Studying law in Australia enables students to take advantage of the country’s long established and well respected law schools, in addition to learning in the environment of a prominent early practitioner of common law.
One third of the world’s population live within a common law jurisdiction, including Ireland, India, the US, UK and South Africa, so you would be gaining a qualification relevant in all four corners of the globe.
Of Australia’s 36 accredited law schools an astonishing six of them are ranked in the QS World top 50, with Melbourne and Sydney coming out best of all Australian universities in 8th and 13th. There are also a further three in the top 100, and most of them offer a wide range of different law qualifications depending on your required outcome.
The Bachelor of Laws (LLB) is a four year program open to school leavers, although the course can be reduced to three years if you possess a university diploma already. You may also combine an LLB with another course to study what is called a combined degree. This is useful for those who wish to explore a field relevant to law, such as accounting, or those who are unsure about pursuing a legal career. Combined law qualifications mean you leave university with two full degrees after a period of four to five years.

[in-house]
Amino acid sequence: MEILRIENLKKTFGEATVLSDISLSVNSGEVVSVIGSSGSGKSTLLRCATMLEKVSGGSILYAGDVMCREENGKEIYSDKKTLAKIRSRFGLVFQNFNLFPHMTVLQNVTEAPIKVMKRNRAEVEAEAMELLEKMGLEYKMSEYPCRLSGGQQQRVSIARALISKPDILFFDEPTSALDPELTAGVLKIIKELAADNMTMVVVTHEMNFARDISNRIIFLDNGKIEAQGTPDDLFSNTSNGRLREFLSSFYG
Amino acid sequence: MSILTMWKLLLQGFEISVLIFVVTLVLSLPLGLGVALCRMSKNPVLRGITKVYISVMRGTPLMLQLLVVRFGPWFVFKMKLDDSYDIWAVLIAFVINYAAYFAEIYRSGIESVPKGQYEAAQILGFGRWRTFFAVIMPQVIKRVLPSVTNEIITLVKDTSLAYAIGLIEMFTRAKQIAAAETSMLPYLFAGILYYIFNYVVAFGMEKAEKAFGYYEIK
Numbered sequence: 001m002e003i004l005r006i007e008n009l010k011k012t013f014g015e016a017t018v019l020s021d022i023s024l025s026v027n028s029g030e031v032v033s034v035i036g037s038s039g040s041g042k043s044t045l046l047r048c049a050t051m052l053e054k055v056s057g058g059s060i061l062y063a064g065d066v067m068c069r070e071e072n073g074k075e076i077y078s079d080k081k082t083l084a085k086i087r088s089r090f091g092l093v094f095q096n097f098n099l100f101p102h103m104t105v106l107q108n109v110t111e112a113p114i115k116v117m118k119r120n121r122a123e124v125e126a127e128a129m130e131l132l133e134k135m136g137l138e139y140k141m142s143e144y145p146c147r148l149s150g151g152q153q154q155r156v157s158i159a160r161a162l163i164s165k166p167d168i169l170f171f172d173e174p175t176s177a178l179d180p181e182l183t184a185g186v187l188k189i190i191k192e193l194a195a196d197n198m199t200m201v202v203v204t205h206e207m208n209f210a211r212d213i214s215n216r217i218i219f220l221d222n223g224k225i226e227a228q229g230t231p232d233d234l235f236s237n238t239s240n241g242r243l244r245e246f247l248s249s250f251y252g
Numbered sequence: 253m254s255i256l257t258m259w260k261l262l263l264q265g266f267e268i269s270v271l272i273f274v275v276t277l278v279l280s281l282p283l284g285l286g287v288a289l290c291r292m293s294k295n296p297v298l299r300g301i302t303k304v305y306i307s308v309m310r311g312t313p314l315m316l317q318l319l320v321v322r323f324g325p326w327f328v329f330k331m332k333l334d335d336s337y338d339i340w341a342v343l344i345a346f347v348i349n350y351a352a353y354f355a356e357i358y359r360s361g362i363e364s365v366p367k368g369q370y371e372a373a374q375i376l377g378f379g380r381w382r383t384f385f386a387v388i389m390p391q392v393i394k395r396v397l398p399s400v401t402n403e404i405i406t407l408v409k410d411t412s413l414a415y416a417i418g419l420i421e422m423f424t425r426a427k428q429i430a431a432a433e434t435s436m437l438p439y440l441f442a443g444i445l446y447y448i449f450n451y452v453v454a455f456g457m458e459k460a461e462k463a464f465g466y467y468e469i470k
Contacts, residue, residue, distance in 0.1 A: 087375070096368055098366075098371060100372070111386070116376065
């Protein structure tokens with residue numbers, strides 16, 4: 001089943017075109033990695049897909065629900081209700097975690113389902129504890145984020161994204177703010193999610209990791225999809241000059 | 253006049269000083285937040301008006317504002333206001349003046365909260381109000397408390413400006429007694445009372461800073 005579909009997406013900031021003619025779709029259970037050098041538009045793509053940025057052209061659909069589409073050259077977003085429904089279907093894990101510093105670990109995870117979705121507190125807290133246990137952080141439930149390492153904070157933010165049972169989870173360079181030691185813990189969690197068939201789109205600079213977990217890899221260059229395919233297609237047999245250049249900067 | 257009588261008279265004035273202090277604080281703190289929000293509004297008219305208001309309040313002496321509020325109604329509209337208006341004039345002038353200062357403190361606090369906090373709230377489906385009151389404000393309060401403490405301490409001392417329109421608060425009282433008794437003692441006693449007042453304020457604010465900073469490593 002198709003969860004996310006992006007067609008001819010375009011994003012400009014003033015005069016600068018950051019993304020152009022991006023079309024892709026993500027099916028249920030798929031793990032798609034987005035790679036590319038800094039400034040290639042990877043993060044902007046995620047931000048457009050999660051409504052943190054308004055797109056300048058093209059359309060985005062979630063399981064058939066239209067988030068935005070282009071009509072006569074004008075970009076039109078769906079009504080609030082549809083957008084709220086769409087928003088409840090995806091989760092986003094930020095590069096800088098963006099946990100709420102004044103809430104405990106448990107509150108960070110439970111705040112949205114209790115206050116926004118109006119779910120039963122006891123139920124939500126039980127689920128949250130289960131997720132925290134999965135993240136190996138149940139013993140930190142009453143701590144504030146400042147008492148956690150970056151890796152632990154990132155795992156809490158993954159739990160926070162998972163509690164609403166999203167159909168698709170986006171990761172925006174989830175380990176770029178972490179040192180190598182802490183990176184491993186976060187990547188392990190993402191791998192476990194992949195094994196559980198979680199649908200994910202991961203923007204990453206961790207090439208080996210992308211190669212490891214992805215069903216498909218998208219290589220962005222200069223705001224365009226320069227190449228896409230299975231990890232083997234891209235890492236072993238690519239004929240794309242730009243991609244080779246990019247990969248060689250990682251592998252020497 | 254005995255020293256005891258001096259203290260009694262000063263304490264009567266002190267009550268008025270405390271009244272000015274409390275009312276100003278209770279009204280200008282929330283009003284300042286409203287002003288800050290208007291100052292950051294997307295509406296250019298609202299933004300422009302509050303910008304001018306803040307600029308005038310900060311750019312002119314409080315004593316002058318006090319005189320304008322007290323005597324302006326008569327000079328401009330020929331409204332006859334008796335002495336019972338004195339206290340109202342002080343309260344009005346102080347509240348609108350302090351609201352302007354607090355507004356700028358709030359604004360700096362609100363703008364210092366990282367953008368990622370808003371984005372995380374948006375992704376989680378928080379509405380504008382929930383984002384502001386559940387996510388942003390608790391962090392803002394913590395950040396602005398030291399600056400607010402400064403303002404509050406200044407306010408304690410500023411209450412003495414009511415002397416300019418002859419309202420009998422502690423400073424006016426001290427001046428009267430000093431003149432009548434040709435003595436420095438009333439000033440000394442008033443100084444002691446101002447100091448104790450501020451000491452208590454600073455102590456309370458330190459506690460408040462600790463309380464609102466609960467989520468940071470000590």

You may also study for a Juris Doctor (JD) degree in Australia; however these courses are typically aimed at graduate students and they are far more expensive than an LLB. A JD takes three years to complete.
Prospective applicants to an Australian undergraduate law course are required to have either completed their high school studies or have significant and relevant work experience. Undergraduates should be able to demonstrate they possess qualifications equivalent to the Australian Senior Secondary Certificate of Education, such as English A-Levels or the International Baccalaureate.
Each course will have its own specific criteria you must fulfil for acceptance, and if you are unsure whether your qualifications meet these standards IEC Abroad’s experts in international qualifications can assist you.
There are also alternative legal and paralegal qualifications available in Australia including Practical Legal Training (PLT), A Graduate Diploma of Legal Practice, and various paralegal degrees available at Australian Universities.
Law students whose first language is not English must demonstrate their proficiency before being given a non-conditional offer onto an Australian law course. The best way to prove this is via the IELTS test, however a law course will be unlikely to accept you should your score on the test be lower than 7.0, with some universities requiring a 7.5 score.
IEC Abroad has many partnership universities throughout Australia which offer a range of excellent law degree courses. For more information about studying undergraduate and postgraduate law courses in Australia, contact IEC Abroad today for helpful, expert advice.